“The value of the CFA Franc had been widely criticized as being too high, which many economists believe favours the urban elite of the African countries. They can buy manufactured goods cheaply, while farmers have difficulty exporting their produce. In an attempt to reduce these imbalances, the CFA Franc was devalued on January 12, 1994: from 50 CFA Francs for 1 French Franc to 100 CFA Francs for 1 French Franc. The Comorian Franc was also tied to the French Franc, but was devalued less that day: from 50 Comorian Francs for 1 French Franc to 75 Comorian Francs for 1 French Franc. 5.79 French Francs were at that time equivalent to 1 US Dollar. The whole deal was kept a secret; anyone who had advance knowledge of the devaluation would have been in a position to profit handsomely. Let me know if I’ve lost you. This is not easy stuff.
“All products imported from France, like cars and refrigerators were significantly more expensive virtually overnight. Comorian importers of foreign manufactured goods saw a drastic decline in their business. But African exports became more competitive in France. A Frenchman, who would have otherwise paid 2 French Francs for a bushel of vanilla cloves before the devaluation, paid only 1.33 French Francs after the devaluation. The lower price may spur more demand for the product and allow the farmer to charge a little more; e.g. 100 Comorian Francs for a bushel of vanilla before, 110 Comorian Francs after devaluation. This new slightly higher price in Comorian Francs still represents a bargain for the Frenchman. But the increased demand and slightly increased price would be a boon to the farmer.
“Gnafron had a cousin, now in prison, who was working for the Ministry of Finance and who tipped him off about upcoming devaluation. This cousin probably came up the plan to profit from this insider information, since Gnafron was no financial genius. Here is what he did.
“First, Gnafron set up a French company owned and controlled by him with the sole purpose of buying fresh cut ylang-ylang flowers, the most valuable export crop in the Comoros. Distilled ylang-ylang essence is a major component of Chanel No. 5.
“Second, he secured from the BCC, Banque Centrale des Comores, a letter of credit for 2 billion Comorian Francs. They drafted the letter of credit with the collateral being the ylang-ylang. The bank is in the business of facilitating commercial transactions for Comorian companies and cooperatives but is not in the business of saying no to the shadow governor of the Comoros.
“Third, he purchased in December of 1993 from the farmers’ cooperative all the ylang-ylang he could get his hands on. That ended up being all the ylang-ylang not yet spoken for that late in the season, or about 40% of the entire ylang-ylang crop (20 metric tonnes), with a value of 1.15 billion Comorian Francs, since ylang-ylang cost then around 57,500 Comorian Francs per kilo.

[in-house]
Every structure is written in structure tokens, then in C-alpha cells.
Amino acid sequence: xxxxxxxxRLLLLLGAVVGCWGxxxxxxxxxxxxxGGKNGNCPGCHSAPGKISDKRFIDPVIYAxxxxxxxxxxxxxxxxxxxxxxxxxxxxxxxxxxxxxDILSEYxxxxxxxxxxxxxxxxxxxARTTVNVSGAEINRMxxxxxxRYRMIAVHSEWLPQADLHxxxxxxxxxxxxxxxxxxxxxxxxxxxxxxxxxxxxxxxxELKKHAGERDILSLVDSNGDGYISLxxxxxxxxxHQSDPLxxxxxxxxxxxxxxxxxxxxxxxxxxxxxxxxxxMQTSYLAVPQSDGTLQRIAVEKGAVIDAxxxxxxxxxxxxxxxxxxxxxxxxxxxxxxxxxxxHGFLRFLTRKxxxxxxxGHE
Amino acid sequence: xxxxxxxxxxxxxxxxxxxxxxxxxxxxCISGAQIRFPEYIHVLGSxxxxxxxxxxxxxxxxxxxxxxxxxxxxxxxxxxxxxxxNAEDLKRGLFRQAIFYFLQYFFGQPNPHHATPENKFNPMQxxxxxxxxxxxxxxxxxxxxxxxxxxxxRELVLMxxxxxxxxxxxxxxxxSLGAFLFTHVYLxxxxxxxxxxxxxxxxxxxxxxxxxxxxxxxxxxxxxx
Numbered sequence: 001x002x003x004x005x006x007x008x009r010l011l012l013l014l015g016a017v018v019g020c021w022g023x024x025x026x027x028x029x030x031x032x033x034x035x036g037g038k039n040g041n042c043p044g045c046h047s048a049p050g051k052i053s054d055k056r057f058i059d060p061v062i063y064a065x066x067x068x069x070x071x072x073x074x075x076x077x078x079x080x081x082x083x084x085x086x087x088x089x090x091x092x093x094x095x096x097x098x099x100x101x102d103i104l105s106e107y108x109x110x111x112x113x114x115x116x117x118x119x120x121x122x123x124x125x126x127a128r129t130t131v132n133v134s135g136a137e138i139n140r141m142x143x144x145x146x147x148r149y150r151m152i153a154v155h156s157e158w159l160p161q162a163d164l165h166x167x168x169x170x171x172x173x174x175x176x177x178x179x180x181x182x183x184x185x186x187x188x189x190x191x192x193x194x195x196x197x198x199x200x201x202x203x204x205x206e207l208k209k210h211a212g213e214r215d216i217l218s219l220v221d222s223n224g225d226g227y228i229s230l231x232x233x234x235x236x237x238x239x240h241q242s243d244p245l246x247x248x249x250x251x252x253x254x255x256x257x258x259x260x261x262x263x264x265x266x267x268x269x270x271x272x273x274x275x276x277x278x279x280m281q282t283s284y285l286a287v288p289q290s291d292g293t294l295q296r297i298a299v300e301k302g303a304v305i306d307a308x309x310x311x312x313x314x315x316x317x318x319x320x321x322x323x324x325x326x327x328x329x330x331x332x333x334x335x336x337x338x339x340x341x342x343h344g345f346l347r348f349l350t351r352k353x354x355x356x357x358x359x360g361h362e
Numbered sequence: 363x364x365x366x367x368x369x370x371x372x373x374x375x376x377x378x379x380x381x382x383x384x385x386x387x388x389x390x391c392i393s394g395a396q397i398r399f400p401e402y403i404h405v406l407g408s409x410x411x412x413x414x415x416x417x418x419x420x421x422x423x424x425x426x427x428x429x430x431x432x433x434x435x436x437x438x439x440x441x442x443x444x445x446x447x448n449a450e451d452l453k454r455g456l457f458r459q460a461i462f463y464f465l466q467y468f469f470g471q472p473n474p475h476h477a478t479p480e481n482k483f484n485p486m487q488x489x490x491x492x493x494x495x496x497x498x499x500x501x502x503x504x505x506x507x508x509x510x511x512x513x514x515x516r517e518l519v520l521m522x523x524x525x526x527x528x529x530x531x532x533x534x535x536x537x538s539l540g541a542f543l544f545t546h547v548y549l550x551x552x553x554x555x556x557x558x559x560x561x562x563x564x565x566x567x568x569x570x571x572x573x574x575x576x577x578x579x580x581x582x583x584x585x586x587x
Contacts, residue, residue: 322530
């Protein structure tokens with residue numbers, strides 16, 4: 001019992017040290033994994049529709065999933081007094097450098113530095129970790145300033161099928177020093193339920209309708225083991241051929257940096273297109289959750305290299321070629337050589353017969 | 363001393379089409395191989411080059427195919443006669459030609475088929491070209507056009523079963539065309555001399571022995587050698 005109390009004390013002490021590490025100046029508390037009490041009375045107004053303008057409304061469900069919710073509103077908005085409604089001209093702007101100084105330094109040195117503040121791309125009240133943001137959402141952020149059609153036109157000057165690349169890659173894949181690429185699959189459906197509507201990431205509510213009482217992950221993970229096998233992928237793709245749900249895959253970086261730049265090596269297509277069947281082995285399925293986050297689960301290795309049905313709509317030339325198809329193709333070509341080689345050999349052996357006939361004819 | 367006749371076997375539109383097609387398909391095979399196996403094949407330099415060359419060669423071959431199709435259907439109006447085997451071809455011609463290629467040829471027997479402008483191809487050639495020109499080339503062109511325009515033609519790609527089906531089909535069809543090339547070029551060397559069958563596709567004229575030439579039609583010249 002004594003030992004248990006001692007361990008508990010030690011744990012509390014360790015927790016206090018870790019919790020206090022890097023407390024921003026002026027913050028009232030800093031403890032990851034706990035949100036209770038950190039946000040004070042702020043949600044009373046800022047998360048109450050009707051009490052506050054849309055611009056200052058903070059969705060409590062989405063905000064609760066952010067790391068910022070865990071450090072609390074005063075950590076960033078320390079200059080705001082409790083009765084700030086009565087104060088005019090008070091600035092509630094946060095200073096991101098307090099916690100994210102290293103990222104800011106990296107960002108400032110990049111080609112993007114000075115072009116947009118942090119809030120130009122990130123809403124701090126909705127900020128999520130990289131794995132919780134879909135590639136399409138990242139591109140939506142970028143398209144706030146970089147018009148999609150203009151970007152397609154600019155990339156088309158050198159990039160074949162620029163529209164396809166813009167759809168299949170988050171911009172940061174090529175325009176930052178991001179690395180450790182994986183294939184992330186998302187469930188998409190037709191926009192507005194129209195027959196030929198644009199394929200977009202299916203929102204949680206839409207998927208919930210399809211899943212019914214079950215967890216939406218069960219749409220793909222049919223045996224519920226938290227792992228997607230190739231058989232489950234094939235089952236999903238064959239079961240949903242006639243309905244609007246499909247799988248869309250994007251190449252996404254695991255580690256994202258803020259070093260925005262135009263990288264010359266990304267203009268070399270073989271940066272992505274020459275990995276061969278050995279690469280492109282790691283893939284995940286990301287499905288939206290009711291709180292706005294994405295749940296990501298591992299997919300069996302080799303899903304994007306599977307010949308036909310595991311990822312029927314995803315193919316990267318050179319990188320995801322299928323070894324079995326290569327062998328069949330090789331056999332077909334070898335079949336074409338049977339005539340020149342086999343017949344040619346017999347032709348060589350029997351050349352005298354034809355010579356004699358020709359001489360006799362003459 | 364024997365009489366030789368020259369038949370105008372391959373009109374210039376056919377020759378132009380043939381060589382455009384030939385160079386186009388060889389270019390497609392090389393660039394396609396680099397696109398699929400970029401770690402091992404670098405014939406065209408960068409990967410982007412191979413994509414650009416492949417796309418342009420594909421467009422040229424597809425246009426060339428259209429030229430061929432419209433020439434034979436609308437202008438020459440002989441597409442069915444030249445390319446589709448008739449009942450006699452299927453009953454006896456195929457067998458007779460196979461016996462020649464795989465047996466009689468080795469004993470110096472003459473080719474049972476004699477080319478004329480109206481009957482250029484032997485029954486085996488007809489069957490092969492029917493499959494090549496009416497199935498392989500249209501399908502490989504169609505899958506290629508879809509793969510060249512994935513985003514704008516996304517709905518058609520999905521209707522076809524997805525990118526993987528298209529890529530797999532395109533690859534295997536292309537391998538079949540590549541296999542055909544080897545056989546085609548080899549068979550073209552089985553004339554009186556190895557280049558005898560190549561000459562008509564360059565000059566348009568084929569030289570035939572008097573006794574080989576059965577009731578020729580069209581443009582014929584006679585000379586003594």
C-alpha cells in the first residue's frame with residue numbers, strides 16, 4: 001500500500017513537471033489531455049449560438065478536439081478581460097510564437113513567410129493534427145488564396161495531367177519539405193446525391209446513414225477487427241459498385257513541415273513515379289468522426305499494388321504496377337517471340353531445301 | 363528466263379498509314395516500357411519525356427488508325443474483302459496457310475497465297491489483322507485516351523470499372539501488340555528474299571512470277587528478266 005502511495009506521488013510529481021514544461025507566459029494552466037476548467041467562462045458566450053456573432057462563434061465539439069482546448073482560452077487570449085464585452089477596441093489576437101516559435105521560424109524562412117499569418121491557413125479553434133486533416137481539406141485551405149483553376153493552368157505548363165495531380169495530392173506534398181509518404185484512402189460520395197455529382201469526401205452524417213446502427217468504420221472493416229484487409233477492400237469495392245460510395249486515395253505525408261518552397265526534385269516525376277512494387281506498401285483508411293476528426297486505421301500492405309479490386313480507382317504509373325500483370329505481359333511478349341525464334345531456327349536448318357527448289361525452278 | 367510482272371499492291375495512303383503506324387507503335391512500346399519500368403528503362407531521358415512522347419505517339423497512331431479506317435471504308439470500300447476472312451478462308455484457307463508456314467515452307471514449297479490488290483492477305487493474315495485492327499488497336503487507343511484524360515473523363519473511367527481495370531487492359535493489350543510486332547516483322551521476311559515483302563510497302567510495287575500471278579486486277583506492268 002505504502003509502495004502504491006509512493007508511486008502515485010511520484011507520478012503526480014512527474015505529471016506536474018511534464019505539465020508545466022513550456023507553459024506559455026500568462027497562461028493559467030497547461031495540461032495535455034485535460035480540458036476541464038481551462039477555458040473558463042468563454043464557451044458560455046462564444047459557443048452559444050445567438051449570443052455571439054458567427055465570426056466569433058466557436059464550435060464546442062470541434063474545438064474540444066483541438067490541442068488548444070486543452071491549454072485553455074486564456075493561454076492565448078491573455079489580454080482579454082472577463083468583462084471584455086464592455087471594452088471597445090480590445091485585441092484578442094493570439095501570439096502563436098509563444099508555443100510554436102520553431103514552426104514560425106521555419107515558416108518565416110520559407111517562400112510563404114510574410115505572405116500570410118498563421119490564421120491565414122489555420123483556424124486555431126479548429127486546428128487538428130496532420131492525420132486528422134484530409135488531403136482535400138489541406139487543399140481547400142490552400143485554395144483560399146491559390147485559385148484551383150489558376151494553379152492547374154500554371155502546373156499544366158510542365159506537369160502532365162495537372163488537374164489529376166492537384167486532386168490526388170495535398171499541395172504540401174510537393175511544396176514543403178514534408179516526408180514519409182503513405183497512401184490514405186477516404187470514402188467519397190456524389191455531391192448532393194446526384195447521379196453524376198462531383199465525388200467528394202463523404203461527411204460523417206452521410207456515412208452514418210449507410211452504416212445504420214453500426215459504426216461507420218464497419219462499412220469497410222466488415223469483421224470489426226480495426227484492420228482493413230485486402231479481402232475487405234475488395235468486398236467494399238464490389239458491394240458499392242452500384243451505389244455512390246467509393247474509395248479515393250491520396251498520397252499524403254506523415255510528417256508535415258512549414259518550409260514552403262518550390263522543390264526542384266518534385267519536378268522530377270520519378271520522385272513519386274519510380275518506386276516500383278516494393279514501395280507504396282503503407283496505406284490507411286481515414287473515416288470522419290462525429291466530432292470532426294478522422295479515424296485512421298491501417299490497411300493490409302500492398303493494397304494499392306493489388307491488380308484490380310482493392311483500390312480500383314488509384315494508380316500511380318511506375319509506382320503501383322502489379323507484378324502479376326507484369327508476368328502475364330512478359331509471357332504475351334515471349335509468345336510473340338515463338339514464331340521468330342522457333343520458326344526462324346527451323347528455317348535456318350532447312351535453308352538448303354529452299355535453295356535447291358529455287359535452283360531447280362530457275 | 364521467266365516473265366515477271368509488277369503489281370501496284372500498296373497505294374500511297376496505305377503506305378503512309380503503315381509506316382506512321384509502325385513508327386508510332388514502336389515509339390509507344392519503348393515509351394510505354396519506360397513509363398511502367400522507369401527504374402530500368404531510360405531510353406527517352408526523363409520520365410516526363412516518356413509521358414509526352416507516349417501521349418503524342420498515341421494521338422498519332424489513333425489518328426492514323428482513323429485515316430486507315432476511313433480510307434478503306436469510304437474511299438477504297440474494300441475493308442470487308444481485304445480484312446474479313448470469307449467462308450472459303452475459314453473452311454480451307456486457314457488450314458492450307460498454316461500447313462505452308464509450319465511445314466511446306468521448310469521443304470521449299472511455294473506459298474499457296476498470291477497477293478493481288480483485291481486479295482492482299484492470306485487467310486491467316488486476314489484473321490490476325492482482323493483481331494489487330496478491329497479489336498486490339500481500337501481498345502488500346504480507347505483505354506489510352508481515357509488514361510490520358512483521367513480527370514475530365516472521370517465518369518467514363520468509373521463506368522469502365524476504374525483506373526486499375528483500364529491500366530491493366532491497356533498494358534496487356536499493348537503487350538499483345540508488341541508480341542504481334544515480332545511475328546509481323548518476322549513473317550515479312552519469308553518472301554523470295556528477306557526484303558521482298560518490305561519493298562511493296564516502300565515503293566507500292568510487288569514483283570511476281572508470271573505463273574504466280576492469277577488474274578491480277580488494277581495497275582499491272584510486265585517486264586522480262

“He lastly secured a purchase agreement from Chanel to deliver the ylang-ylang a month later, at the end of January 1994. In order to facilitate the deal, he undercuts all the other smaller suppliers by almost 10 per cent or around 2 million French Francs, selling 23 million worth of ylang-ylang to Chanel for only 21 million French Francs, a great deal for Chanel, so they think.
“After the devaluation he sells the ylang-ylang to Chanel for 21 million French Francs which is converted into which is 1.575 billion Comorian Francs. He can easily pay 1.15 billion Comorian Francs note he owes for the ylang-ylang to the Comorian central bank and pockets the 475 million Comorian Francs difference, which is converted to 5.67 million French Francs (at the post-devaluation rate). Keep in mind that, except for sending to Bernard to and from Paris twice, there were almost no up-front charges, almost 6 million FF of pure profit for timely, privileged information.
“Now, who lost? Obviously Chanel lost a bundle. Had they known the devaluation was going to take place, they certainly would have waited a month to make a commitment to buy that much ylang-ylang. They were able to write it off; ultimately, it’s small change for a company that big.
“The Comorian farmers, however, were less than amused. They also lost since they would have charged more for their crop after the devaluation. That amount, small compared with Chanel’s losses, would have been mattered a lot to them.
“Was it legal? Was it ethical? Was Gnafron a sharp businessman or simply an opportunist? The contracts were all legal, of course. So no crime was committed from a European point of view. But, now, let’s looks at from Kemal’s point of view. Not only were hundreds of Comorians cheated, farmers he knew and used to represent, but also Islam forbids the non-productive use of money, the making of money from money.
“From that point of view, Kemal was outraged and so demanded the Gnafron’s profits go to the ylang-ylang cooperative. He promised he would make a big stink about it at the next OAU meeting otherwise.
“Gnafron bought some time by giving in, but was on the phone immediately with stories that Kemal was going to kick out the whites and denounce France at the OAU meeting. He requested ‘stabilisation assistance’. The boys at Quai d’Orsay rejected his pleas and began an investigation into Gnafron. How you got involved is still a mystery to me, but I left it out of the original article since it strayed from the point of my article.”